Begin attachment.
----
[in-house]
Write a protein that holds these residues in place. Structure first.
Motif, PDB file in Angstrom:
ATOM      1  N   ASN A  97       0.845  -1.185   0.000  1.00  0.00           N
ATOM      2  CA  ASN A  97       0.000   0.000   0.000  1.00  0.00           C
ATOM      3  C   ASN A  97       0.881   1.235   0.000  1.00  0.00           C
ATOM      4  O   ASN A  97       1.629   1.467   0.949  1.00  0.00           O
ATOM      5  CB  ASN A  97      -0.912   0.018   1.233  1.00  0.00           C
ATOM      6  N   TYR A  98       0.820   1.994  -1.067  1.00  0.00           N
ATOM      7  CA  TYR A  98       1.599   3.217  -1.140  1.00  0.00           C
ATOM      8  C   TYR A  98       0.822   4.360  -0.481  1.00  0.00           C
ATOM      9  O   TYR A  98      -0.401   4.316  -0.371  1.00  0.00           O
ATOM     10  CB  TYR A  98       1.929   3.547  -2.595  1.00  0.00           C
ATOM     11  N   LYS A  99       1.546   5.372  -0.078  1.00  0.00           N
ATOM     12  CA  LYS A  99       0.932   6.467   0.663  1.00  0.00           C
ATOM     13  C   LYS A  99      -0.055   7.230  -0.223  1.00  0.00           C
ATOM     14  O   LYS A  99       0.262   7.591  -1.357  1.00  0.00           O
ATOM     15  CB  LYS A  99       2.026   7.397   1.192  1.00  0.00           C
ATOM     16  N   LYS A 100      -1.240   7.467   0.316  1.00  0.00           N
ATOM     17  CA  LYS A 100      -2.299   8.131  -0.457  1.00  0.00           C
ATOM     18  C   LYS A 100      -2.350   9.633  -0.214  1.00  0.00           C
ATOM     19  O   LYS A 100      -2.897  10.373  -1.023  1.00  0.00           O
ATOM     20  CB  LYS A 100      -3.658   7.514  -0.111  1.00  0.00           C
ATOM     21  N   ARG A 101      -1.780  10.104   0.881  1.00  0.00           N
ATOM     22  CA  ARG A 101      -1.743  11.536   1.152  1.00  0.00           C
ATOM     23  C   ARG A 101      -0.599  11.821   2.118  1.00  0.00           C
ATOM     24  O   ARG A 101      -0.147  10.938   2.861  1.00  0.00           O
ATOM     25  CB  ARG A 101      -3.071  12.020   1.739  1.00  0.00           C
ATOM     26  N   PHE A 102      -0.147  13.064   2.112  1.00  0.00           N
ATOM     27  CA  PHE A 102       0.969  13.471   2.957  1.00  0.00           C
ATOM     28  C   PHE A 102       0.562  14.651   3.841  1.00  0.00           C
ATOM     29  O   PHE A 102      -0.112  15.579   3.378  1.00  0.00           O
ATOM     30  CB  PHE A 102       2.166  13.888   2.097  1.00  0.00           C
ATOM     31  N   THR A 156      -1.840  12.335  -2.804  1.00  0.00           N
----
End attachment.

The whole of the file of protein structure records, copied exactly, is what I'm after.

[in-house]
Write a protein that holds these residues in place. Structure first.
Motif, PDB file in Angstrom:
ATOM      1  N   ASN A  97       0.845  -1.185   0.000  1.00  0.00           N
ATOM      2  CA  ASN A  97       0.000   0.000   0.000  1.00  0.00           C
ATOM      3  C   ASN A  97       0.881   1.235   0.000  1.00  0.00           C
ATOM      4  O   ASN A  97       1.629   1.467   0.949  1.00  0.00           O
ATOM      5  CB  ASN A  97      -0.912   0.018   1.233  1.00  0.00           C
ATOM      6  N   TYR A  98       0.820   1.994  -1.067  1.00  0.00           N
ATOM      7  CA  TYR A  98       1.599   3.217  -1.140  1.00  0.00           C
ATOM      8  C   TYR A  98       0.822   4.360  -0.481  1.00  0.00           C
ATOM      9  O   TYR A  98      -0.401   4.316  -0.371  1.00  0.00           O
ATOM     10  CB  TYR A  98       1.929   3.547  -2.595  1.00  0.00           C
ATOM     11  N   LYS A  99       1.546   5.372  -0.078  1.00  0.00           N
ATOM     12  CA  LYS A  99       0.932   6.467   0.663  1.00  0.00           C
ATOM     13  C   LYS A  99      -0.055   7.230  -0.223  1.00  0.00           C
ATOM     14  O   LYS A  99       0.262   7.591  -1.357  1.00  0.00           O
ATOM     15  CB  LYS A  99       2.026   7.397   1.192  1.00  0.00           C
ATOM     16  N   LYS A 100      -1.240   7.467   0.316  1.00  0.00           N
ATOM     17  CA  LYS A 100      -2.299   8.131  -0.457  1.00  0.00           C
ATOM     18  C   LYS A 100      -2.350   9.633  -0.214  1.00  0.00           C
ATOM     19  O   LYS A 100      -2.897  10.373  -1.023  1.00  0.00           O
ATOM     20  CB  LYS A 100      -3.658   7.514  -0.111  1.00  0.00           C
ATOM     21  N   ARG A 101      -1.780  10.104   0.881  1.00  0.00           N
ATOM     22  CA  ARG A 101      -1.743  11.536   1.152  1.00  0.00           C
ATOM     23  C   ARG A 101      -0.599  11.821   2.118  1.00  0.00           C
ATOM     24  O   ARG A 101      -0.147  10.938   2.861  1.00  0.00           O
ATOM     25  CB  ARG A 101      -3.071  12.020   1.739  1.00  0.00           C
ATOM     26  N   PHE A 102      -0.147  13.064   2.112  1.00  0.00           N
ATOM     27  CA  PHE A 102       0.969  13.471   2.957  1.00  0.00           C
ATOM     28  C   PHE A 102       0.562  14.651   3.841  1.00  0.00           C
ATOM     29  O   PHE A 102      -0.112  15.579   3.378  1.00  0.00           O
ATOM     30  CB  PHE A 102       2.166  13.888   2.097  1.00  0.00           C
ATOM     31  N   THR A 156      -1.840  12.335  -2.804  1.00  0.00           N